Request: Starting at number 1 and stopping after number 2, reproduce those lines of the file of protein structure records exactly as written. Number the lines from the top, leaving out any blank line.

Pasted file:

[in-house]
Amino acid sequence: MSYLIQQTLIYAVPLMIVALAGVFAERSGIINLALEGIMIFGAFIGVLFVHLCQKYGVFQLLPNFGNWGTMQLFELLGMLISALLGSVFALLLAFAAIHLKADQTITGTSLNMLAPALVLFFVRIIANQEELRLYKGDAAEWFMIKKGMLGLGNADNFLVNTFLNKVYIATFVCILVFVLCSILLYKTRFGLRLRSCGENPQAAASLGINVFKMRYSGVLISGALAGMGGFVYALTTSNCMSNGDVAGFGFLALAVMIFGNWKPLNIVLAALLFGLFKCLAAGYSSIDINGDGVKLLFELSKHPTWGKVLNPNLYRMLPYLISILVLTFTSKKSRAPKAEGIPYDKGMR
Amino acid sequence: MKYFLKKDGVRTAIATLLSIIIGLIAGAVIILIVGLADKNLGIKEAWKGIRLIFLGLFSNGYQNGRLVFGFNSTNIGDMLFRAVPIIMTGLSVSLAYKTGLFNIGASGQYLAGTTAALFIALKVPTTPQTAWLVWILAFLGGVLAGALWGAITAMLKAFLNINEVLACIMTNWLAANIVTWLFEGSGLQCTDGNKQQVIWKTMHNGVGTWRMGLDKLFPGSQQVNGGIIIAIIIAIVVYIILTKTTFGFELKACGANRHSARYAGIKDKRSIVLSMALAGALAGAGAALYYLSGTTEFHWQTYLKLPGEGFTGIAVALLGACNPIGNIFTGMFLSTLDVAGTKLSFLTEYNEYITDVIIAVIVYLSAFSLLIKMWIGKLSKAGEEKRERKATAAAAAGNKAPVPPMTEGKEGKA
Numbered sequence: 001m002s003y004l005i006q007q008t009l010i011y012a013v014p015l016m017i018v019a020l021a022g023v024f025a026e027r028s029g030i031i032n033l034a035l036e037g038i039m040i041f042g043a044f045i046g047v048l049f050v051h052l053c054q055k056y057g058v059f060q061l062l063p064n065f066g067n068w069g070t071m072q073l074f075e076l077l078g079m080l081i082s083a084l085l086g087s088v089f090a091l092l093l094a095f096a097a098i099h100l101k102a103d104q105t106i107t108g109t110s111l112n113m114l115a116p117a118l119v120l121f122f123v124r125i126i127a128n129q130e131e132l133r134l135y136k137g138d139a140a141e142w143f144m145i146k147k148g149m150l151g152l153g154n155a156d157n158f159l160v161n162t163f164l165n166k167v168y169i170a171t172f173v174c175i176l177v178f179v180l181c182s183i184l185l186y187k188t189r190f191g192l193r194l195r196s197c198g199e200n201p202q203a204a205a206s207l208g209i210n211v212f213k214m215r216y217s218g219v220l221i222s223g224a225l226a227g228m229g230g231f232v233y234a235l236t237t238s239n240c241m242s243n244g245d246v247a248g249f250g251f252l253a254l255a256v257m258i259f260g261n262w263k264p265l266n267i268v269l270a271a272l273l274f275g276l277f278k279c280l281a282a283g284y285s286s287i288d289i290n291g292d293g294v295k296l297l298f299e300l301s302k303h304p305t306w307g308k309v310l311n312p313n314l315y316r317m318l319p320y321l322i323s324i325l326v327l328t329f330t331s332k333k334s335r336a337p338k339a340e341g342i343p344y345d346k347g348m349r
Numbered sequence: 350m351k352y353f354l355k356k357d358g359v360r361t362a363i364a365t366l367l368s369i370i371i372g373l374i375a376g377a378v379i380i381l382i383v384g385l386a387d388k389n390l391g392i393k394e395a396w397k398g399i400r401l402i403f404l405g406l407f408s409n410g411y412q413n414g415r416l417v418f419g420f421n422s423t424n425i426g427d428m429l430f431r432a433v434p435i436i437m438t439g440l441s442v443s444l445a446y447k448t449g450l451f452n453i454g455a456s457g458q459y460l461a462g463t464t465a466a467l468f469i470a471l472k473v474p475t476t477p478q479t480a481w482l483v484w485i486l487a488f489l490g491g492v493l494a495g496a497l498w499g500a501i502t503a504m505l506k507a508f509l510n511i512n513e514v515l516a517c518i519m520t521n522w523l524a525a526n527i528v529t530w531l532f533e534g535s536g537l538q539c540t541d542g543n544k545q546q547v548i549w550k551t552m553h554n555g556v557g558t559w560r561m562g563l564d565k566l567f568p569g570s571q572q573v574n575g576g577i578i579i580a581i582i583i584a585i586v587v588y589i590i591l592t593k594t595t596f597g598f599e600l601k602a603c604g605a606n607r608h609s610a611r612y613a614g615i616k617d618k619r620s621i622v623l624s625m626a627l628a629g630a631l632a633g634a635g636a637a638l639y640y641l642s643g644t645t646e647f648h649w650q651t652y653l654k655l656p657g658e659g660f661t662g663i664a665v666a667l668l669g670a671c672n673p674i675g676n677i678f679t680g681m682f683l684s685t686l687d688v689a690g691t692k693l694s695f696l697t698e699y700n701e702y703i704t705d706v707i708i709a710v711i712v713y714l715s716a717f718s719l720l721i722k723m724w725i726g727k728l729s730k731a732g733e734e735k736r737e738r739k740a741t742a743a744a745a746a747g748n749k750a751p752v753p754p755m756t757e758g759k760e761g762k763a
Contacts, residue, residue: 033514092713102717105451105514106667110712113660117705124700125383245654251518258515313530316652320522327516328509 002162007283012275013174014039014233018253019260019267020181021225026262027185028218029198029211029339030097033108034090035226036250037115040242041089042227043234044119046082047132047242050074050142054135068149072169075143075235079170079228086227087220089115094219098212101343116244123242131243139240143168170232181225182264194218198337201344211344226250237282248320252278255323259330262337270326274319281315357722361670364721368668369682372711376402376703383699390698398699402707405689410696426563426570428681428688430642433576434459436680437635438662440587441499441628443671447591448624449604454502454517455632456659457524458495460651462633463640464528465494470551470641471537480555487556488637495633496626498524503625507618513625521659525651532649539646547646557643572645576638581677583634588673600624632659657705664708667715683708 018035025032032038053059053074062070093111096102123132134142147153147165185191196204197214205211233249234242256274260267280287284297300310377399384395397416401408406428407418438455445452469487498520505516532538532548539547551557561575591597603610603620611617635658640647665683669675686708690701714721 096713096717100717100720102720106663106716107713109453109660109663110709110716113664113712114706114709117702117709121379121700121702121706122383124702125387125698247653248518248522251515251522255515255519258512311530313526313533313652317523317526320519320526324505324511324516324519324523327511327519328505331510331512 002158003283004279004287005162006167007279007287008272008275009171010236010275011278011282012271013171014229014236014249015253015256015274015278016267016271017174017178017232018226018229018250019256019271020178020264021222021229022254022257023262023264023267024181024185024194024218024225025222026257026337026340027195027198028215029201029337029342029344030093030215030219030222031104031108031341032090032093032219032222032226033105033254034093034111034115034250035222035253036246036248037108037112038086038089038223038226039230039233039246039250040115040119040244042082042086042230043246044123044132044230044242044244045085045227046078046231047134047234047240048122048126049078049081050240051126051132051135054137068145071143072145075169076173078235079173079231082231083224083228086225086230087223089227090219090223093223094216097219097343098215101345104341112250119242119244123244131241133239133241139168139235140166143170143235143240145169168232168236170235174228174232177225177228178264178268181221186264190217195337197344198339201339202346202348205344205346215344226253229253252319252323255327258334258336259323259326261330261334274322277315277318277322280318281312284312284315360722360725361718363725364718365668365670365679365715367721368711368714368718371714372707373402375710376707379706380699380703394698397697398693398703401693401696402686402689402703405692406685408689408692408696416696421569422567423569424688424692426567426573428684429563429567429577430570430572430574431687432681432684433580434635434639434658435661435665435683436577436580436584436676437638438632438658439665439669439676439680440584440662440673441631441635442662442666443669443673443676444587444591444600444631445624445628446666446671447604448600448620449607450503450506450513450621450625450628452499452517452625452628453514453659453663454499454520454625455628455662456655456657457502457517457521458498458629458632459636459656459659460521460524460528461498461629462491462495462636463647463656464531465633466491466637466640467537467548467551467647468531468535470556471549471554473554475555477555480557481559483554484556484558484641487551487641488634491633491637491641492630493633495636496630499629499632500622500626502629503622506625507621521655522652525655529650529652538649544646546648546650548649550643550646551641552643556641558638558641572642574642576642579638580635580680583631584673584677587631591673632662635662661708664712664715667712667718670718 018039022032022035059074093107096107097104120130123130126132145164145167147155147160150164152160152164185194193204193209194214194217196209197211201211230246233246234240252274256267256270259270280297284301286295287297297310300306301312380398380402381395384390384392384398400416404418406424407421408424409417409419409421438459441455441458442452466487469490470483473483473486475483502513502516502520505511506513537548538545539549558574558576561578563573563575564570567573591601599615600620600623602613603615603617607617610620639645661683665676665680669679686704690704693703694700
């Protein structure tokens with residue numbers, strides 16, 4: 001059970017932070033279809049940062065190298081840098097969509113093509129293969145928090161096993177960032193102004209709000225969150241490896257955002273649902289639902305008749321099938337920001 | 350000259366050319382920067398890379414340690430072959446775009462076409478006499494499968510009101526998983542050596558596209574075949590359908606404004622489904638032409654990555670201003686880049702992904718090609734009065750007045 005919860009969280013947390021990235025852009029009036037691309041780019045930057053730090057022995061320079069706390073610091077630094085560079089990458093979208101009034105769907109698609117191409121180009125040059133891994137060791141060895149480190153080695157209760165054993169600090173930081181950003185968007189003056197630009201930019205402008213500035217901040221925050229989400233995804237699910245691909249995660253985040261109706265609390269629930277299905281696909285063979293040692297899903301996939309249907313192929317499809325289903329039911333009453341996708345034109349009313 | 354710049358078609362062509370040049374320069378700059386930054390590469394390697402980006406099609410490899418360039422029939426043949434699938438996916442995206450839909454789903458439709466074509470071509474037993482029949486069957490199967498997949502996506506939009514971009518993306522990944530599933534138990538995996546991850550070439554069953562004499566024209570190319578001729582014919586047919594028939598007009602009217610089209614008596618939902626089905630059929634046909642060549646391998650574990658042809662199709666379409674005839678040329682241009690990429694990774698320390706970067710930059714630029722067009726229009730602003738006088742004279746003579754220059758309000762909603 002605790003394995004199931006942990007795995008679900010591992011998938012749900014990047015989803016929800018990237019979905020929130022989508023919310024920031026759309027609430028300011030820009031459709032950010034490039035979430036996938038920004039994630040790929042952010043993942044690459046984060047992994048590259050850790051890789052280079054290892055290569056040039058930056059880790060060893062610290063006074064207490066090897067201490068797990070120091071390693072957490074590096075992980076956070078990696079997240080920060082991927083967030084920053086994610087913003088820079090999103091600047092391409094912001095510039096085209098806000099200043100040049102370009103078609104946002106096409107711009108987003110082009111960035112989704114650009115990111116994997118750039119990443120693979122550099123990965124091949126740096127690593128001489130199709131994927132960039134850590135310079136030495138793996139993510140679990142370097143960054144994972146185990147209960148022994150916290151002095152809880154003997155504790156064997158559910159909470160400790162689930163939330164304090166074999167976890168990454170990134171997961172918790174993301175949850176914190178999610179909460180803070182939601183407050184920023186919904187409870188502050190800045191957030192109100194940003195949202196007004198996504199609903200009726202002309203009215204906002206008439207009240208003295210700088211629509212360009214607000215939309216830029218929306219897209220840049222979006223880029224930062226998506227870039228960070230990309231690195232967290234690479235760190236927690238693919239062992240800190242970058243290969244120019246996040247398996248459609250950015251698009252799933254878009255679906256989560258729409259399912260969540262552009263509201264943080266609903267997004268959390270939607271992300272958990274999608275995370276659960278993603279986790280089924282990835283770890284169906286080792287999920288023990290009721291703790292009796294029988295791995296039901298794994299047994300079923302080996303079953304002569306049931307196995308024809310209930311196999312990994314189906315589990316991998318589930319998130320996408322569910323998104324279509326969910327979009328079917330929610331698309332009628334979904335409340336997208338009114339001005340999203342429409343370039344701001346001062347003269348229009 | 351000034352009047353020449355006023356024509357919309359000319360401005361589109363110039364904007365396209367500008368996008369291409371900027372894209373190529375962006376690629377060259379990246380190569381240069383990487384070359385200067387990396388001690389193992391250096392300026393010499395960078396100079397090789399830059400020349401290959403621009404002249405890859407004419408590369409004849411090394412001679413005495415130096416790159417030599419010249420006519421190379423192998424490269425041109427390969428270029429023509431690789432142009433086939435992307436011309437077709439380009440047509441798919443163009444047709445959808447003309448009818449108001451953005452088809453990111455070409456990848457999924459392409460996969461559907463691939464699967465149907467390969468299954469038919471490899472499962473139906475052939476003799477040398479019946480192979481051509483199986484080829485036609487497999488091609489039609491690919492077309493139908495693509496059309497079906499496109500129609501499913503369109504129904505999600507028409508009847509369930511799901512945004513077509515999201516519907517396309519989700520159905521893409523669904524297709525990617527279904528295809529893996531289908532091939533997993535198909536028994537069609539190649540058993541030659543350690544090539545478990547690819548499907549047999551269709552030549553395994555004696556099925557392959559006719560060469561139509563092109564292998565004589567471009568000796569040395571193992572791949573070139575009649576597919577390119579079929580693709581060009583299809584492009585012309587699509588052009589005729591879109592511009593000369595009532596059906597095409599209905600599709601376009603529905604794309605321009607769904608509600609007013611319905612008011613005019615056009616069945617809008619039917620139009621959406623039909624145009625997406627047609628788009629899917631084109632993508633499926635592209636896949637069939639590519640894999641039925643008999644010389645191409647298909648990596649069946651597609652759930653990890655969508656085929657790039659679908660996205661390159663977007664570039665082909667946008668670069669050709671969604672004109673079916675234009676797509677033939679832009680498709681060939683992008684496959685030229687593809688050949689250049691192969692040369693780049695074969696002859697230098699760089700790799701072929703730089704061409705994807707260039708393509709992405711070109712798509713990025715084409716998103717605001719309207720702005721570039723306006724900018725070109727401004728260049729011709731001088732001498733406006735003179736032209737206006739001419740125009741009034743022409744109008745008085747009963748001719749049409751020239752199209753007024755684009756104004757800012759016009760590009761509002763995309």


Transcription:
[in-house]
Amino acid sequence: MSYLIQQTLIYAVPLMIVALAGVFAERSGIINLALEGIMIFGAFIGVLFVHLCQKYGVFQLLPNFGNWGTMQLFELLGMLISALLGSVFALLLAFAAIHLKADQTITGTSLNMLAPALVLFFVRIIANQEELRLYKGDAAEWFMIKKGMLGLGNADNFLVNTFLNKVYIATFVCILVFVLCSILLYKTRFGLRLRSCGENPQAAASLGINVFKMRYSGVLISGALAGMGGFVYALTTSNCMSNGDVAGFGFLALAVMIFGNWKPLNIVLAALLFGLFKCLAAGYSSIDINGDGVKLLFELSKHPTWGKVLNPNLYRMLPYLISILVLTFTSKKSRAPKAEGIPYDKGMR